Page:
|Cited Patent||Filing date||Publication date||Applicant||Title|
|US3641422 *||Oct 1, 1970||Feb 8, 1972||Mccaughey Dennis G||Wide band boost regulator power supply|
|US3691397 *||Feb 10, 1971||Sep 12, 1972||Burroughs Corp||Control system for battery regulated power supply|
|US3914685 *||May 6, 1974||Oct 21, 1975||Eltra Corp||Regulated ferroresonant power supply with soft start|
|US4042856 *||Oct 28, 1975||Aug 16, 1977||General Electric Company||Chopper ballast for gaseous discharge lamps with auxiliary capacitor energy storage|
|US4220872 *||Dec 26, 1978||Sep 2, 1980||Gte Sylvania Incorporated||DC power supply circuit|
|US4851756 *||Jan 8, 1987||Jul 25, 1989||Rayovac Corporation||Primary-secondary hybrid battery|
|US4859921 *||Mar 10, 1988||Aug 22, 1989||General Electric Company||Electronic control circuits, electronically commutated motor systems, switching regulator power supplies, and methods|
|US5036450 *||Jan 25, 1990||Jul 30, 1991||Raytheon Company||Spike limiting circuit|
|US5155289 *||Jul 1, 1991||Oct 13, 1992||General Atomics||High-voltage solid-state switching devices|
|US5350992 *||Sep 17, 1991||Sep 27, 1994||Micro-Trak Systems, Inc.||Motor control circuit|
|US5457591 *||Jan 12, 1995||Oct 10, 1995||Loral Federal Systems Company||Current overload protection circuit|
|US6114842 *||Oct 26, 1999||Sep 5, 2000||Kaiser Systems, Inc.||Precision voltage regulator for capacitor-charging power supply|
|Citing Patent||Filing date||Publication date||Applicant||Title|
|US7196918||Sep 8, 2004||Mar 27, 2007||Emerson Electric Co.||Capacitive drop power supply with low power consumption|
|US7211990 *||Nov 27, 2002||May 1, 2007||Invensys Systems, Inc.||4-20 mA interface circuit|
|US8725383 *||Jul 16, 2008||May 13, 2014||Tai-Her Yang||Integrally combined operative control unit having multiple operative devices of different types|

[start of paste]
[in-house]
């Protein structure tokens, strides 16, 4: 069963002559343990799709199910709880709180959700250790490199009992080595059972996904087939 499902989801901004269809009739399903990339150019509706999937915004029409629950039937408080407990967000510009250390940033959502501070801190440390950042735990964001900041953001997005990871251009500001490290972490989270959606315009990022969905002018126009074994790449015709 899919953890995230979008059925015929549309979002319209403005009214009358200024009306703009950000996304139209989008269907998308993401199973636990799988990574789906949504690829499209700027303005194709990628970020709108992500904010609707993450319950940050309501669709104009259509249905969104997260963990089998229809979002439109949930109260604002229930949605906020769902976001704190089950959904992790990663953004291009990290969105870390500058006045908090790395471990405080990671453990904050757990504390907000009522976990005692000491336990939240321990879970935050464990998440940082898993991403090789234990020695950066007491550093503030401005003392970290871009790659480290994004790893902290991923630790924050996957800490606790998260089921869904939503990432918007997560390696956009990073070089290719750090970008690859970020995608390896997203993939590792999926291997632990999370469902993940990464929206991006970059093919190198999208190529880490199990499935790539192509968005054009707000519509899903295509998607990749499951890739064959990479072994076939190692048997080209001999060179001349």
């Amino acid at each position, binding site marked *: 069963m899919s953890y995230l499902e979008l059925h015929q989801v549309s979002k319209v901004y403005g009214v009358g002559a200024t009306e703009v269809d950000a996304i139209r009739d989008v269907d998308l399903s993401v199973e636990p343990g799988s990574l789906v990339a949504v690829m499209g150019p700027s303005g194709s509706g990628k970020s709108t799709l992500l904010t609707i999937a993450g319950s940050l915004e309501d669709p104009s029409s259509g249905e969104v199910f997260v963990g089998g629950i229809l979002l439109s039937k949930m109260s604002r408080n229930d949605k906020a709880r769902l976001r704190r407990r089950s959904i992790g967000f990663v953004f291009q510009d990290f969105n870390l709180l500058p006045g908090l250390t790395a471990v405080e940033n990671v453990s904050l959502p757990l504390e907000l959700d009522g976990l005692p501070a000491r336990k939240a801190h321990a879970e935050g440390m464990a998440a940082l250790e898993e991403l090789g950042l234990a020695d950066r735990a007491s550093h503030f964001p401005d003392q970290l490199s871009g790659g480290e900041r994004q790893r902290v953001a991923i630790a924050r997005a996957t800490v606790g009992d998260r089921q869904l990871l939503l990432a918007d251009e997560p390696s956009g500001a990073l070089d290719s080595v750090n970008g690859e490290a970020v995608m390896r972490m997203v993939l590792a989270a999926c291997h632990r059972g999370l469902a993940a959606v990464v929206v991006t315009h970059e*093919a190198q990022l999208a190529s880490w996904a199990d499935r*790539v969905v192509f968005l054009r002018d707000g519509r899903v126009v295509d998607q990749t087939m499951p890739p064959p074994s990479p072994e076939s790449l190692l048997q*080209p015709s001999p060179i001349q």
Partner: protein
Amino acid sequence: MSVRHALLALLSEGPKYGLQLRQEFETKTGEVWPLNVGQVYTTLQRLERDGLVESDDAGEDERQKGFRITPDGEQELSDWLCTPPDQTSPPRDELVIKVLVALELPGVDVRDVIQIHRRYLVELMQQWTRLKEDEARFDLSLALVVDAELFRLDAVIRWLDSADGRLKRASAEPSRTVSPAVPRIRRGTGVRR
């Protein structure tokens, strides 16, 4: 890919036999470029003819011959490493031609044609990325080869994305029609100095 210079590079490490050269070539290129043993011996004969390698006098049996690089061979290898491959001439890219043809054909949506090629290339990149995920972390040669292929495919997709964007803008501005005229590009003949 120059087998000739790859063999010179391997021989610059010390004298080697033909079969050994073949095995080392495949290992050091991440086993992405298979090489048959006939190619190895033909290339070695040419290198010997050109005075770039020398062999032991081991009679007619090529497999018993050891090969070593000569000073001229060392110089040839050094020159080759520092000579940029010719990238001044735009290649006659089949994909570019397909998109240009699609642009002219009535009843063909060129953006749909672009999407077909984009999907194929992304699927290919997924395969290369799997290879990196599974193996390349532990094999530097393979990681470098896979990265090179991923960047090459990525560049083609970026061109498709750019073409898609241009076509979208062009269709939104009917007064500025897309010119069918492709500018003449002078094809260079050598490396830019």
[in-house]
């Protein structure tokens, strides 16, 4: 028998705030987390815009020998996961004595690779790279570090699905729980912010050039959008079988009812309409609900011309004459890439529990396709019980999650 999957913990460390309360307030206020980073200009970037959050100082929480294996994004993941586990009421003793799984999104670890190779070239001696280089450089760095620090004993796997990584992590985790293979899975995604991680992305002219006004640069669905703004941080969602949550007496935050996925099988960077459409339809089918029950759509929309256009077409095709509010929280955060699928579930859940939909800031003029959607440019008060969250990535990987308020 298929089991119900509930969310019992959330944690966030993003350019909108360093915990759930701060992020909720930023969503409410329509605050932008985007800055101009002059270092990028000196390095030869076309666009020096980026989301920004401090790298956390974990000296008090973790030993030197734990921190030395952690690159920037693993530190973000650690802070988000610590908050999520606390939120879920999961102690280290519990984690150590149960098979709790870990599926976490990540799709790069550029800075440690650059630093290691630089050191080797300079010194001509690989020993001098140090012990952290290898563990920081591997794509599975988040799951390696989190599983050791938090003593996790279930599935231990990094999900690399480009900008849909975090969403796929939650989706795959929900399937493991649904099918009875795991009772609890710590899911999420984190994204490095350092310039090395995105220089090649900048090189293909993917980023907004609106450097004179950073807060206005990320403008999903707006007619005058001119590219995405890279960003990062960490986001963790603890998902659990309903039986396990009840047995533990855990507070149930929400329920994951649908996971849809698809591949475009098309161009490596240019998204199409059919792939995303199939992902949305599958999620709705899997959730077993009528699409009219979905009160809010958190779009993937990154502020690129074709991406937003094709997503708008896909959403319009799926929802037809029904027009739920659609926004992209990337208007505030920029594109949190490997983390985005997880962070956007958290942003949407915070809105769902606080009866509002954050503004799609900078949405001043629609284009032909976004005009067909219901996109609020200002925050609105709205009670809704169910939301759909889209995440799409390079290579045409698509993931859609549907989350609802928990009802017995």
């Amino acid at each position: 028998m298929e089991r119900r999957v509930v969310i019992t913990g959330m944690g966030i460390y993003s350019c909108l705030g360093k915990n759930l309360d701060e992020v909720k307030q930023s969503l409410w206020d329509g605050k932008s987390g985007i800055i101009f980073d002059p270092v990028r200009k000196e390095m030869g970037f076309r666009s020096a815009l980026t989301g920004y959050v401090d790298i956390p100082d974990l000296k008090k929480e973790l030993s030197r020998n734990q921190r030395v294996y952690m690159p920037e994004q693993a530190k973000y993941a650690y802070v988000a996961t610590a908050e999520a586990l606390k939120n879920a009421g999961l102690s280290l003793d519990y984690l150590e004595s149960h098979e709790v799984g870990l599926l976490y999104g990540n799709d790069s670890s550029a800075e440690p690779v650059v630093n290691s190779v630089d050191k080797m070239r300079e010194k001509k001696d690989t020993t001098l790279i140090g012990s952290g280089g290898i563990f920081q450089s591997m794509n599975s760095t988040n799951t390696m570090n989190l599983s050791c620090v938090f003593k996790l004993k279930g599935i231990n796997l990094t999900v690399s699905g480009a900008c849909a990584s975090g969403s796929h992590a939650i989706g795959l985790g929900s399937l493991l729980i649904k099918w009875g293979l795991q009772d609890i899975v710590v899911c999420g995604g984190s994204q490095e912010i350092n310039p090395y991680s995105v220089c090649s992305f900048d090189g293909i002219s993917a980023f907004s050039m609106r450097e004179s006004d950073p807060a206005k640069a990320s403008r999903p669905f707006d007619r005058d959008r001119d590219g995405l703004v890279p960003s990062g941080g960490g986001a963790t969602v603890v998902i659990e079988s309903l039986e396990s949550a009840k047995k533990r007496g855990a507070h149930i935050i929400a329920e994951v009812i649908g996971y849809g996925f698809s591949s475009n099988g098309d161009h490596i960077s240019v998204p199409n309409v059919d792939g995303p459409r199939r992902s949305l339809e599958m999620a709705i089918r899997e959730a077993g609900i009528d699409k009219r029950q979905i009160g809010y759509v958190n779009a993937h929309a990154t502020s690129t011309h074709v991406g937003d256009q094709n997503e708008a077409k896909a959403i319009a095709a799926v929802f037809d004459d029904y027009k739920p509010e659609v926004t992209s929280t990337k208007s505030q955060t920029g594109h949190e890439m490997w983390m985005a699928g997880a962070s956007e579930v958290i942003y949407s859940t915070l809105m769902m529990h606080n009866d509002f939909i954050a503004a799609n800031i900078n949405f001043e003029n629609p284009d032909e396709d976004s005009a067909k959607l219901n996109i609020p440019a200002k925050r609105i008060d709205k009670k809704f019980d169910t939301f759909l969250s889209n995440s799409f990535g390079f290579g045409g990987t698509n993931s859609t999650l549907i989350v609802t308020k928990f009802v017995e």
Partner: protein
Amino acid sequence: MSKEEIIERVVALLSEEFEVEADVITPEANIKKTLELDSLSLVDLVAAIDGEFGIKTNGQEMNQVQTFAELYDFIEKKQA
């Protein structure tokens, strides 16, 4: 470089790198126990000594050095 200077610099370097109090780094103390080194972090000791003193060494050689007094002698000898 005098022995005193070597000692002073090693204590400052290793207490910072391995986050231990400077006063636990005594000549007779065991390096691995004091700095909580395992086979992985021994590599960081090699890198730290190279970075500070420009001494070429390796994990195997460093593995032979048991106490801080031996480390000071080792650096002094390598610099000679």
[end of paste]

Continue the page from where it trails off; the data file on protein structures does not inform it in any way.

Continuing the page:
|US20050007077 *||Nov 27, 2002||Jan 13, 2005||Michael Loechner||4-20 ma interface circuit|
|US20060050540 *||Sep 8, 2004||Mar 9, 2006||Steffen Mike A||Capacitive drop power supply with low power consumption|
|US20100017091 *||Jul 16, 2008||Jan 21, 2010||Tai-Her Yang||Integrally combined operative control unit having multiple operative devices of different types|
|US20130234676 *||Mar 29, 2012||Sep 12, 2013||Hon Hai Precision Industry Co., Ltd.||Charge indicator circuit|
|U.S. Classification||318/123, 318/440, 323/224, 323/220|
|International Classification||G05F1/46, H02M7/217, H02J7/00, H02H9/04, H02P7/28, H02J7/04, H02J1/00, H01M10/44, H02M7/12|
|Cooperative Classification||H02P7/281, H02J2007/0037, H02J7/0029, H02M7/217, H02H9/04|
|European Classification||H02H9/04, H02P7/28B, H02J7/00D|
|May 30, 2007||FPAY||Fee payment|
Year of fee payment: 4
|Jul 11, 2011||REMI||Maintenance fee reminder mailed|
|Dec 2, 2011||REIN||Reinstatement after maintenance fee payment confirmed|
|Dec 2, 2011||LAPS||Lapse for failure to pay maintenance fees|
|Jan 24, 2012||FP||Expired due to failure to pay maintenance fee|
Effective date: 20111202
|Feb 20, 2012||PRDP||Patent reinstated due to the acceptance of a late maintenance fee|
Effective date: 20120221
|Feb 21, 2012||FPAY||Fee payment|
Year of fee payment: 8
|Feb 21, 2012||SULP||Surcharge for late payment|
|May 29, 2015||FPAY||Fee payment|
Year of fee payment: 12